This article presents major research findings from four villages in Thua Thien Province, Vietnam. It analyzes whether FLA policies have been able to integrate conservation and poverty reduction among rural communities.
Viet Nam’s forest land allocation (FLA) program has been decentralizing forest governance on an ongoing basis since the 1990s, aiming to give equal focus to rural livelihoods and sustainable forest management. Forest lands are allocated to public and private socio-economic institutions, mainly to local level stakeholders such as individuals, households, and communities. Analyzing this policy development and implementation provides essential insight into the success or failure of such decentralization programs.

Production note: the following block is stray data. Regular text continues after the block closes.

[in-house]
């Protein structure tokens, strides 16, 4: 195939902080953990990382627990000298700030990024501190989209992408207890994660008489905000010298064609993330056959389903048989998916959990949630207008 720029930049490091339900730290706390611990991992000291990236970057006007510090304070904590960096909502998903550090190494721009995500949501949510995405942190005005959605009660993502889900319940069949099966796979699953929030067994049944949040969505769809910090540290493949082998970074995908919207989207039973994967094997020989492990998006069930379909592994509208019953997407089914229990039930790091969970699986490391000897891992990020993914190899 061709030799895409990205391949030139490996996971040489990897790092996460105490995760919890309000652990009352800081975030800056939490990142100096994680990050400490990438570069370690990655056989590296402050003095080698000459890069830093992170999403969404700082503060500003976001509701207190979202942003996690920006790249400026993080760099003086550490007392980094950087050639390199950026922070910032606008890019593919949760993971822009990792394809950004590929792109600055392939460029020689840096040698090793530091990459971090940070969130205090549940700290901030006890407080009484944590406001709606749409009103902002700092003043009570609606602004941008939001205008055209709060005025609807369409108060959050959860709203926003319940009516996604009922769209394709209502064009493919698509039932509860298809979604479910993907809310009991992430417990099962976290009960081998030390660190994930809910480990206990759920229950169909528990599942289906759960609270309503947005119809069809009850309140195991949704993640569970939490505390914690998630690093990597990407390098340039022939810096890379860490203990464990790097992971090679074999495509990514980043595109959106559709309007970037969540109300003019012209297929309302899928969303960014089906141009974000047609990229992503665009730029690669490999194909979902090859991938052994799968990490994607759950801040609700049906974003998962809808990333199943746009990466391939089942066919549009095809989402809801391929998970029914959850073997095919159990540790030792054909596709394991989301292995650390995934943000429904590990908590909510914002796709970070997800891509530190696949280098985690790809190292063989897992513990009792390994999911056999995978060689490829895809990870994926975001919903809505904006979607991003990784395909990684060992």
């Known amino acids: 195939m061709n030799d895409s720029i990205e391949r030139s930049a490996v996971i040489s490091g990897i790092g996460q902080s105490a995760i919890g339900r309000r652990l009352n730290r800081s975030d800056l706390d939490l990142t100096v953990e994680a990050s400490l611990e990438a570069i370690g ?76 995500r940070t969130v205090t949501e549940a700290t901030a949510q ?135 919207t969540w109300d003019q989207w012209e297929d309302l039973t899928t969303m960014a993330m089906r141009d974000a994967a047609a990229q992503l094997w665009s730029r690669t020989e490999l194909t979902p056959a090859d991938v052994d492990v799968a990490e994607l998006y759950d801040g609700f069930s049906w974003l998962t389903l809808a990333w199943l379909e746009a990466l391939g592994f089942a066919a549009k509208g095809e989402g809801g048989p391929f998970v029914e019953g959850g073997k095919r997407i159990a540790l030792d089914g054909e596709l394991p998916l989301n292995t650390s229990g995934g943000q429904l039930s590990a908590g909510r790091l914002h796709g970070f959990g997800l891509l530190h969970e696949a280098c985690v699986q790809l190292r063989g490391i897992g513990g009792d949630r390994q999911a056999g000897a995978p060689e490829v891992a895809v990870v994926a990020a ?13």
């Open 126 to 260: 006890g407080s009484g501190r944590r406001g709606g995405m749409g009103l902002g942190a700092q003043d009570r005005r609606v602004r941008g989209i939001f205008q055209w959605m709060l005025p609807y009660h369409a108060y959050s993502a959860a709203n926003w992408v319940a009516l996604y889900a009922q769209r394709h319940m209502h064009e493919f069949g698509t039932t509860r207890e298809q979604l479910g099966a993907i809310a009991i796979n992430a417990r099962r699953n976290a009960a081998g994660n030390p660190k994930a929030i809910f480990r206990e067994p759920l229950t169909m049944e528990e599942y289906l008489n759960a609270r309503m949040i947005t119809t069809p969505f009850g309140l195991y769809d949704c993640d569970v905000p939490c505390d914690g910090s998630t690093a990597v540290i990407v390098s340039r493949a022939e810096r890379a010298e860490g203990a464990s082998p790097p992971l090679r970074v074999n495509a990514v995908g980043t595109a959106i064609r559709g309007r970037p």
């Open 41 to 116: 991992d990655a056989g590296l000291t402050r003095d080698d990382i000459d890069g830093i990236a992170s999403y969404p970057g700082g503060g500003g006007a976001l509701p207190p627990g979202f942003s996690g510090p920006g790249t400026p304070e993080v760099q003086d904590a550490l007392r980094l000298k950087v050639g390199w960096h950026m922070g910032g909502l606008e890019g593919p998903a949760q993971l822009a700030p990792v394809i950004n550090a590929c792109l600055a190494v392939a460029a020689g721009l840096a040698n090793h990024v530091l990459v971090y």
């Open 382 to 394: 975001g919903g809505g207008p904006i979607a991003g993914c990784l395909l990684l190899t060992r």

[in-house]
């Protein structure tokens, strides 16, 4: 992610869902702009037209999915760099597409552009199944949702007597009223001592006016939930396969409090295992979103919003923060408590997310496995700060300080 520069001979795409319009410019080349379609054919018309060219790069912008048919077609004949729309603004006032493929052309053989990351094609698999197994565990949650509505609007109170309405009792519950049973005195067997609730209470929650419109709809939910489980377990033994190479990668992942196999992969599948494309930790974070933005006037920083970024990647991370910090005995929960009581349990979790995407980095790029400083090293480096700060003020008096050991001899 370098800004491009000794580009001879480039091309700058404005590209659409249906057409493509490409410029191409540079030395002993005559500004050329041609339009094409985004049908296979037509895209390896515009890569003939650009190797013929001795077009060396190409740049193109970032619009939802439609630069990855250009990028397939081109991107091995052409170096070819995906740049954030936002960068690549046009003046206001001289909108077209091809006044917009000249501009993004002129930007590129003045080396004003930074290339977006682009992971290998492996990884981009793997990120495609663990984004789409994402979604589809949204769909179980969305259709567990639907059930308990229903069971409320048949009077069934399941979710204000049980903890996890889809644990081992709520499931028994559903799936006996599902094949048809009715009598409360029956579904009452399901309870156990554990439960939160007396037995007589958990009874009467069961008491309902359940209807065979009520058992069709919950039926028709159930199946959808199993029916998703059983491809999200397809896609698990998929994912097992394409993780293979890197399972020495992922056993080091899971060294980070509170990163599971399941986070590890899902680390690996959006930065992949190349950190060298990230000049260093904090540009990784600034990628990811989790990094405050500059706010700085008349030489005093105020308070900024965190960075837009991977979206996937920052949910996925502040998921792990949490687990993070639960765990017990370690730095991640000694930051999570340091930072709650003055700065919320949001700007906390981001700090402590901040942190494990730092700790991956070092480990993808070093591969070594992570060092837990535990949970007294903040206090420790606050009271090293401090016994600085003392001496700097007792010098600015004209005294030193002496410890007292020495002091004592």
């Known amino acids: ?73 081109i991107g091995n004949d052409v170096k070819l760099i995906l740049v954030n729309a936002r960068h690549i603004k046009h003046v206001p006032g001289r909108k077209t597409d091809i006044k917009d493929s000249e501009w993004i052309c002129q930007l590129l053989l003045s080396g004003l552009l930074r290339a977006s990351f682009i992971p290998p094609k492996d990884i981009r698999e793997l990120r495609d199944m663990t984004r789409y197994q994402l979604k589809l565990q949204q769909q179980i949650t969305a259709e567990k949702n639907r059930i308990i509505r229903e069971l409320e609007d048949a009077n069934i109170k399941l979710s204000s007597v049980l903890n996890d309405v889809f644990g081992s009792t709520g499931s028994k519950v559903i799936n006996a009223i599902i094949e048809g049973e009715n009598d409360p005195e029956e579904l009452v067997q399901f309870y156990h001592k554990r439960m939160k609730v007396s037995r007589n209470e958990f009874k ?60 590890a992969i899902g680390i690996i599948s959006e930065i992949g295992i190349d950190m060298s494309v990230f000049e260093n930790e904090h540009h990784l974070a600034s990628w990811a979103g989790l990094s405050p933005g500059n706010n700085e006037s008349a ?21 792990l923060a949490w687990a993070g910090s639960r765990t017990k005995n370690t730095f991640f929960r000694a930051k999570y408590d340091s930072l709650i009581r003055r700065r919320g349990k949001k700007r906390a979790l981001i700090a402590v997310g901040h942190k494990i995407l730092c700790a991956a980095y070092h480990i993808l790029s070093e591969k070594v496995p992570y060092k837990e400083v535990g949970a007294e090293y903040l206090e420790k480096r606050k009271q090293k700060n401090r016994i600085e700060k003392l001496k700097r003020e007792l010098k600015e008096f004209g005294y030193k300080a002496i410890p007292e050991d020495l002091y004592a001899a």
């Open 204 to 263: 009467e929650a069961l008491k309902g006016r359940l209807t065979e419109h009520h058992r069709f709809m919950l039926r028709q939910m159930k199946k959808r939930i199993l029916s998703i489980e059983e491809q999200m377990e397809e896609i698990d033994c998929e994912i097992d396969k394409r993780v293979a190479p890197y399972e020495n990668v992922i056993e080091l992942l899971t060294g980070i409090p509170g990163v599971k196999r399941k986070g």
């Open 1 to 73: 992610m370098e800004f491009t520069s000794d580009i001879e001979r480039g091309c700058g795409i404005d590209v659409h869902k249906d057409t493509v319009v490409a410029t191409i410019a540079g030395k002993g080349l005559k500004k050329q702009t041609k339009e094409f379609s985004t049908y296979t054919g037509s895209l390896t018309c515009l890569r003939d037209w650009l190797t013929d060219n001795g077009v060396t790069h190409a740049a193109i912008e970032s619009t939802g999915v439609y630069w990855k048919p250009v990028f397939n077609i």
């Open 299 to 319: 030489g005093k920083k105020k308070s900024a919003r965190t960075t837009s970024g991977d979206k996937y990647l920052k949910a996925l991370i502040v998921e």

This study aims to analyze the impacts of the forest land allocation on pro-poor sustainable forest management and livelihood development in the Central Region and Viet Nam as a whole.
This project is being developed through a PhD research by Tran Nam Tu. Tu’s research has demonstrated that while FLA policy has been very effective in conserving Bach Ma’s forests, key issues are preventing equitable decentralization policy. First, a tendency towards top-down policy-making has bypassed thorough evaluation of local livelihood patterns and boundaries. This has not only reduced the potential for economic development but also produced confusion and conflict over stewardship boundaries. Second, FLA policy has empowered certain ethnic groups over others, creating further economic and decision-making inequalities. In Bach Ma, “Vietnamese” Kinh people have typically been granted more valuable, individually-managed production forest while their neighbors, the “indigenous” Co Tu people, are granted degraded forest to be communally-managed. Tu argues that legal devolution of forest ownership to households and communities must be accompanied by increased decision-making power, which remains elusive.